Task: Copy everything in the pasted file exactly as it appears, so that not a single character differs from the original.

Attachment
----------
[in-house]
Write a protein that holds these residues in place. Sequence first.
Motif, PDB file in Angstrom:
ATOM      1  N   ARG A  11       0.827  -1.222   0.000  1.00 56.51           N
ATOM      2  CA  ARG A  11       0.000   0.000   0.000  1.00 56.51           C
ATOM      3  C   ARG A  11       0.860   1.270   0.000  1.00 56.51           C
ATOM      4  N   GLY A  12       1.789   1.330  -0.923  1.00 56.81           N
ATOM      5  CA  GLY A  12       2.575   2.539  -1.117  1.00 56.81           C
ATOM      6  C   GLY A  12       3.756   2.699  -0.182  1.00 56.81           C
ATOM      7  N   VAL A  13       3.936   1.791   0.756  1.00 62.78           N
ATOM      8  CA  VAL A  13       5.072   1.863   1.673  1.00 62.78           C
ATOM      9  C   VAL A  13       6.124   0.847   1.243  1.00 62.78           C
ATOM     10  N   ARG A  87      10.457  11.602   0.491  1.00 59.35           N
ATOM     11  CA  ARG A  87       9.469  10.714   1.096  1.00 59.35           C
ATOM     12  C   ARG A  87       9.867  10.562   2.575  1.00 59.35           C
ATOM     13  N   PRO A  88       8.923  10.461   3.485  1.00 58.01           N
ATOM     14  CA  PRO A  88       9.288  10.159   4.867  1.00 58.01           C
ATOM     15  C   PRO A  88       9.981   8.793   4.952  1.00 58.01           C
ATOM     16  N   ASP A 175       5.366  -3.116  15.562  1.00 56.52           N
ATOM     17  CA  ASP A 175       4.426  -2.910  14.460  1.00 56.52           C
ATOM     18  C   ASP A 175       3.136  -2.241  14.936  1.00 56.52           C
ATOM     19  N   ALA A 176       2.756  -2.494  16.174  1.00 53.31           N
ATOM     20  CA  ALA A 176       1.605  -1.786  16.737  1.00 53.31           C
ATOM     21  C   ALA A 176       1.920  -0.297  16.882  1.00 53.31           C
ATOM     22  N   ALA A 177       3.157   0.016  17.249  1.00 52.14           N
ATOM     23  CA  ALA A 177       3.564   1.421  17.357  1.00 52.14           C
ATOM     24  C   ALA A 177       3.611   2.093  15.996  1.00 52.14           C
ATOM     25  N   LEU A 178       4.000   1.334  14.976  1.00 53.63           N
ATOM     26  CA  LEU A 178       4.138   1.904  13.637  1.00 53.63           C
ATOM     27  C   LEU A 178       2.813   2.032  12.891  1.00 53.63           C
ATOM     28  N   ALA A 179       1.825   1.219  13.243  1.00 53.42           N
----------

[in-house]
Write a protein that holds these residues in place. Sequence first.
Motif, PDB file in Angstrom:
ATOM      1  N   ARG A  11       0.827  -1.222   0.000  1.00 56.51           N
ATOM      2  CA  ARG A  11       0.000   0.000   0.000  1.00 56.51           C
ATOM      3  C   ARG A  11       0.860   1.270   0.000  1.00 56.51           C
ATOM      4  N   GLY A  12       1.789   1.330  -0.923  1.00 56.81           N
ATOM      5  CA  GLY A  12       2.575   2.539  -1.117  1.00 56.81           C
ATOM      6  C   GLY A  12       3.756   2.699  -0.182  1.00 56.81           C
ATOM      7  N   VAL A  13       3.936   1.791   0.756  1.00 62.78           N
ATOM      8  CA  VAL A  13       5.072   1.863   1.673  1.00 62.78           C
ATOM      9  C   VAL A  13       6.124   0.847   1.243  1.00 62.78           C
ATOM     10  N   ARG A  87      10.457  11.602   0.491  1.00 59.35           N
ATOM     11  CA  ARG A  87       9.469  10.714   1.096  1.00 59.35           C
ATOM     12  C   ARG A  87       9.867  10.562   2.575  1.00 59.35           C
ATOM     13  N   PRO A  88       8.923  10.461   3.485  1.00 58.01           N
ATOM     14  CA  PRO A  88       9.288  10.159   4.867  1.00 58.01           C
ATOM     15  C   PRO A  88       9.981   8.793   4.952  1.00 58.01           C
ATOM     16  N   ASP A 175       5.366  -3.116  15.562  1.00 56.52           N
ATOM     17  CA  ASP A 175       4.426  -2.910  14.460  1.00 56.52           C
ATOM     18  C   ASP A 175       3.136  -2.241  14.936  1.00 56.52           C
ATOM     19  N   ALA A 176       2.756  -2.494  16.174  1.00 53.31           N
ATOM     20  CA  ALA A 176       1.605  -1.786  16.737  1.00 53.31           C
ATOM     21  C   ALA A 176       1.920  -0.297  16.882  1.00 53.31           C
ATOM     22  N   ALA A 177       3.157   0.016  17.249  1.00 52.14           N
ATOM     23  CA  ALA A 177       3.564   1.421  17.357  1.00 52.14           C
ATOM     24  C   ALA A 177       3.611   2.093  15.996  1.00 52.14           C
ATOM     25  N   LEU A 178       4.000   1.334  14.976  1.00 53.63           N
ATOM     26  CA  LEU A 178       4.138   1.904  13.637  1.00 53.63           C
ATOM     27  C   LEU A 178       2.813   2.032  12.891  1.00 53.63           C
ATOM     28  N   ALA A 179       1.825   1.219  13.243  1.00 53.42           N